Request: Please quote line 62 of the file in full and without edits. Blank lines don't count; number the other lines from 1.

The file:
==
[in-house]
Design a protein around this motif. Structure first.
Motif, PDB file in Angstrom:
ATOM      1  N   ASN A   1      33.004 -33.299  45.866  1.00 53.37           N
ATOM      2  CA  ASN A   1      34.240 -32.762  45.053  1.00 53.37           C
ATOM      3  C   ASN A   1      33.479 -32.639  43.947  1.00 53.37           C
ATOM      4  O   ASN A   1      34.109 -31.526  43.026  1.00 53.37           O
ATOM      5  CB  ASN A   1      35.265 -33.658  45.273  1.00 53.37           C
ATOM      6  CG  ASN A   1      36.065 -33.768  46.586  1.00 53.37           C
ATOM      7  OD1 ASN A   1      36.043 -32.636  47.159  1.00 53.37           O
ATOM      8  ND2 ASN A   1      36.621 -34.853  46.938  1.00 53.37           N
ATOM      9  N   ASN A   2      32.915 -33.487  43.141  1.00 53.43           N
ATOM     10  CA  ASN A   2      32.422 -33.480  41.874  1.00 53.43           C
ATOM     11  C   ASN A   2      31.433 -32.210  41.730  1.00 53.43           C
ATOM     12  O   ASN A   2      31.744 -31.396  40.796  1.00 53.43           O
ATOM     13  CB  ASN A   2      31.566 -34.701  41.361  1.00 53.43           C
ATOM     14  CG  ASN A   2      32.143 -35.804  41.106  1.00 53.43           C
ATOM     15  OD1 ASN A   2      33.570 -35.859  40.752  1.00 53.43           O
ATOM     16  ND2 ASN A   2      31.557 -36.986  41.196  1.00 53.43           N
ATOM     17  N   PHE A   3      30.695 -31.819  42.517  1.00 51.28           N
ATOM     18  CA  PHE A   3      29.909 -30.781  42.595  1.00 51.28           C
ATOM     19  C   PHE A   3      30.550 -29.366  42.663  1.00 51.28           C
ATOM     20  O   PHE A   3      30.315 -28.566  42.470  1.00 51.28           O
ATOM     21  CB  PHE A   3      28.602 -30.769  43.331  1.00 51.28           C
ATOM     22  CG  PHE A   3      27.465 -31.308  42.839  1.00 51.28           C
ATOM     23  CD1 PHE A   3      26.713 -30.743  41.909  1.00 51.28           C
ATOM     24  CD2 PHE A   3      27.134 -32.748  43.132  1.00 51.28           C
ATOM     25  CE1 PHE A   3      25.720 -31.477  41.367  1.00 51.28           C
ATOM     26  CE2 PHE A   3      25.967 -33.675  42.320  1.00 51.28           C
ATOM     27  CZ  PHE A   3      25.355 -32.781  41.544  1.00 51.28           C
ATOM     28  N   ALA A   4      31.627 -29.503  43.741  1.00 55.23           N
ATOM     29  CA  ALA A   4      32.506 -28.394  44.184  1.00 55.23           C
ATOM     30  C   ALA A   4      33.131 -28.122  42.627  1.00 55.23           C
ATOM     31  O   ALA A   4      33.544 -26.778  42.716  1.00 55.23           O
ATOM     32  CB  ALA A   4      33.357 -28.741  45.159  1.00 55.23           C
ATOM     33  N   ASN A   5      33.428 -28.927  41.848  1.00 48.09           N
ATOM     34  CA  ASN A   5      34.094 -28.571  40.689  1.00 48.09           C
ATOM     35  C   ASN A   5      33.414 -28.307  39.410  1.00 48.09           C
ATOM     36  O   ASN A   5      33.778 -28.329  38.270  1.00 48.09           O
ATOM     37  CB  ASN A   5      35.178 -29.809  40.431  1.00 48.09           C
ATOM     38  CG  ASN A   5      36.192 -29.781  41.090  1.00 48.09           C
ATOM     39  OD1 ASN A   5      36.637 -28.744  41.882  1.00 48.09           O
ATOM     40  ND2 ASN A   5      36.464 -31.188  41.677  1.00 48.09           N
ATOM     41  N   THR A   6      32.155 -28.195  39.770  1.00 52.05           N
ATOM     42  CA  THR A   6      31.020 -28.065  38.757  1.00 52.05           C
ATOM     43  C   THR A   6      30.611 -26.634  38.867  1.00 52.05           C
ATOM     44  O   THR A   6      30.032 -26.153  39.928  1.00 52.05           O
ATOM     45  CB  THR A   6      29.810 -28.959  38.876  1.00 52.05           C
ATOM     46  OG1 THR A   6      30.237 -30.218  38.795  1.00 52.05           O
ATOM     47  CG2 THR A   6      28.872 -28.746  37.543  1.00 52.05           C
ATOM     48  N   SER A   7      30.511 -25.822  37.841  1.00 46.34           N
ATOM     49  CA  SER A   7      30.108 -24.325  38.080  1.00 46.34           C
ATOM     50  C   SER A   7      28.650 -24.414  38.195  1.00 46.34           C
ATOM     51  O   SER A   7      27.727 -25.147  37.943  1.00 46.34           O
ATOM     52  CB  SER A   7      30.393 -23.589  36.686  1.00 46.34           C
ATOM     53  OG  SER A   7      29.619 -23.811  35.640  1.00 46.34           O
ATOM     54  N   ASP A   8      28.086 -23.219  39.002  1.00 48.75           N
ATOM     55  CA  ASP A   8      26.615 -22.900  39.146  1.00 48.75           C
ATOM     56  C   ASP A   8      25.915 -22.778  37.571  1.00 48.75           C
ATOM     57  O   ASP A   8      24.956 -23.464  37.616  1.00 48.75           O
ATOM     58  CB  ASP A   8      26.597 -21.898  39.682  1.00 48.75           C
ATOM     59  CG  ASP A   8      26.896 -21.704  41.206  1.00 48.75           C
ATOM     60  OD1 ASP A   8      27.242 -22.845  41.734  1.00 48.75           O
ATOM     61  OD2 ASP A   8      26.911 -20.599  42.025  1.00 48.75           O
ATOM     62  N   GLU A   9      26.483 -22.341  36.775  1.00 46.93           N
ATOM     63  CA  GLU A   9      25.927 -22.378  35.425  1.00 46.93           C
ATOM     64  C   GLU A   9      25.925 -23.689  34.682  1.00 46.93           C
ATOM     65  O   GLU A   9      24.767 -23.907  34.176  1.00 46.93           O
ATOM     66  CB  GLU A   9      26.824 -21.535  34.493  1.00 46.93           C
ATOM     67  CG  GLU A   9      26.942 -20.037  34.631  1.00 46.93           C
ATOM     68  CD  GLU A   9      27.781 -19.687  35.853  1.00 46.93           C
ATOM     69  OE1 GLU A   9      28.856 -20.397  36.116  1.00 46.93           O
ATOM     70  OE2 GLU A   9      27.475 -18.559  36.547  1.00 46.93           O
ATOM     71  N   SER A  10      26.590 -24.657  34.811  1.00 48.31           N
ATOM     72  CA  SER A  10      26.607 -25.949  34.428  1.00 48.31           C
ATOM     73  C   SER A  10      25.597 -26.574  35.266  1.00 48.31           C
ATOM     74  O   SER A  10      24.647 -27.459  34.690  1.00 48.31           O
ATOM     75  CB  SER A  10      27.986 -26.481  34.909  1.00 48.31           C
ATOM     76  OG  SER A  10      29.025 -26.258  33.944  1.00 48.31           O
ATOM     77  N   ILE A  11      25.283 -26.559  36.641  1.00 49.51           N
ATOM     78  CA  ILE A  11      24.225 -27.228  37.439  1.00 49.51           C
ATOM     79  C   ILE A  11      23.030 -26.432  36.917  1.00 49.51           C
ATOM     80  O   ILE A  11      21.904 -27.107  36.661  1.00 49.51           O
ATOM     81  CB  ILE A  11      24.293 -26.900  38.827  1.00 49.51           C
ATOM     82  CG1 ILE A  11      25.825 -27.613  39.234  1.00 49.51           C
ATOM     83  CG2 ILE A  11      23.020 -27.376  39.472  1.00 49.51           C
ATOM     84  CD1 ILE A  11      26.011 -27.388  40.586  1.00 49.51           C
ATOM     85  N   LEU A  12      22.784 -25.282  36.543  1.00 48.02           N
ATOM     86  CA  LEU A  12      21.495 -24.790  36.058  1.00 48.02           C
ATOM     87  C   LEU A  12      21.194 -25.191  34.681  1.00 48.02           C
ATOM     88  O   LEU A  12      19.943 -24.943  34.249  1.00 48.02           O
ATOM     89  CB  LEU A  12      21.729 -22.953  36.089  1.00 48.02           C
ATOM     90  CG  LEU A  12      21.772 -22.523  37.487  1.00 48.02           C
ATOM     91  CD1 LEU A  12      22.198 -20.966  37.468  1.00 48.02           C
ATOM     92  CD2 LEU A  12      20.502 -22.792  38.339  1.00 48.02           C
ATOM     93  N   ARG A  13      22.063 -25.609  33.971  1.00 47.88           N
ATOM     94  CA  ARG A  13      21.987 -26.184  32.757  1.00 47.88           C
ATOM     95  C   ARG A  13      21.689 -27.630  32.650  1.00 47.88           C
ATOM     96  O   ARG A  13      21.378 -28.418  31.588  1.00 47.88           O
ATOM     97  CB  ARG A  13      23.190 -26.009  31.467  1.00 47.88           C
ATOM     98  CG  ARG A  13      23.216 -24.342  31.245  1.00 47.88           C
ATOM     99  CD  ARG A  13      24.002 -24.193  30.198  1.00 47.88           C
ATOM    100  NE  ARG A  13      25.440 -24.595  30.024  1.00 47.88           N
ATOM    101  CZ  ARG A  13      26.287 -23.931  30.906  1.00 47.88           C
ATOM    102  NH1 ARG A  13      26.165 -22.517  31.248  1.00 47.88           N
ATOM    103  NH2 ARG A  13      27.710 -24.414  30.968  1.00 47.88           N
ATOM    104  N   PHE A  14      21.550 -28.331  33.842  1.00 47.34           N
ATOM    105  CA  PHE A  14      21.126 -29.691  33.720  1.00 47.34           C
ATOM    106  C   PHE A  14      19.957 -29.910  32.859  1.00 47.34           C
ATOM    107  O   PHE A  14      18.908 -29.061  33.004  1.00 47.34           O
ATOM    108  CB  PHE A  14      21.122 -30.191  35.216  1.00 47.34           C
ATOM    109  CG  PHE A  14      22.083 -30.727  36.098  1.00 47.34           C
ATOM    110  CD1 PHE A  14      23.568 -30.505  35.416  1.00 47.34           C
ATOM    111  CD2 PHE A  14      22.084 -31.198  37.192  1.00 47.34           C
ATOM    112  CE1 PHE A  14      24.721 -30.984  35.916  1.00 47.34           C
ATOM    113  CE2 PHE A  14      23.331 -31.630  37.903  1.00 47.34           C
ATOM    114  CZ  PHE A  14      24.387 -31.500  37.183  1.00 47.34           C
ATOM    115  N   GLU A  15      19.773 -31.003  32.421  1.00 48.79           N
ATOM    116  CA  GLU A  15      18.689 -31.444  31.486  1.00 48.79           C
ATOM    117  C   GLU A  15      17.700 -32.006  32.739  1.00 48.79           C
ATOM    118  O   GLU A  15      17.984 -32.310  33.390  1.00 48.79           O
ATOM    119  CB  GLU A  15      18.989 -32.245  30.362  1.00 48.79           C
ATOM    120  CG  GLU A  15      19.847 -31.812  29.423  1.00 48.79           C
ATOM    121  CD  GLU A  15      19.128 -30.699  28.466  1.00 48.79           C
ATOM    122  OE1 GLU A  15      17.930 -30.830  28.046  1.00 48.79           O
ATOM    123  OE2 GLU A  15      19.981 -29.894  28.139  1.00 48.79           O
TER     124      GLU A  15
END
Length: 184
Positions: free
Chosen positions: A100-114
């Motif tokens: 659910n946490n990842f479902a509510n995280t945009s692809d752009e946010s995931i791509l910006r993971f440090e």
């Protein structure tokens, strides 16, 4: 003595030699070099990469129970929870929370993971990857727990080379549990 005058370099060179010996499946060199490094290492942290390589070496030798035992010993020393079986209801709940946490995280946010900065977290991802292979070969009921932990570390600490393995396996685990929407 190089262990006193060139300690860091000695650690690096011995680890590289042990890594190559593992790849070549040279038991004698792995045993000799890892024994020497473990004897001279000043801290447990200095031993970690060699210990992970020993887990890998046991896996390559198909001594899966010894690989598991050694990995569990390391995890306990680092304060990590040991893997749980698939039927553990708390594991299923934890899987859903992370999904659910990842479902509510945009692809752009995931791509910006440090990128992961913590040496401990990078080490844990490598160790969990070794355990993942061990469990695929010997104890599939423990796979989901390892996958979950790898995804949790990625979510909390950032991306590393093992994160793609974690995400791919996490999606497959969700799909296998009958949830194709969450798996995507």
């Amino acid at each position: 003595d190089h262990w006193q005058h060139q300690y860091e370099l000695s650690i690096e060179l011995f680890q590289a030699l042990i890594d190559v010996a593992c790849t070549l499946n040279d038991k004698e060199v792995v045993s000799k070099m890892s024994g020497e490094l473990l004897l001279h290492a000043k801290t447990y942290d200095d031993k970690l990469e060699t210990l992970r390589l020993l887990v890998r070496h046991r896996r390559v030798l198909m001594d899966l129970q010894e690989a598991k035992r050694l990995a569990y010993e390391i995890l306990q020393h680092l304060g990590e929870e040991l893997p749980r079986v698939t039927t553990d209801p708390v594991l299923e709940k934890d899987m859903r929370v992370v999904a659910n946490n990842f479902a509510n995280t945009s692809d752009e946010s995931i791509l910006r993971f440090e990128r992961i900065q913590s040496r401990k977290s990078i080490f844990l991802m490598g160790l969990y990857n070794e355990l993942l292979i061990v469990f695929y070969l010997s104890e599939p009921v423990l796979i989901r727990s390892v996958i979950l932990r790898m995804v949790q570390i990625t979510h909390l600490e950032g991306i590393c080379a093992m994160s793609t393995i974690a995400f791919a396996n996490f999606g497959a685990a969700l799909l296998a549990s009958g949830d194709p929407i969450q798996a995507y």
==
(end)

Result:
ATOM     59  CG  ASP A   8      26.896 -21.704  41.206  1.00 48.75           C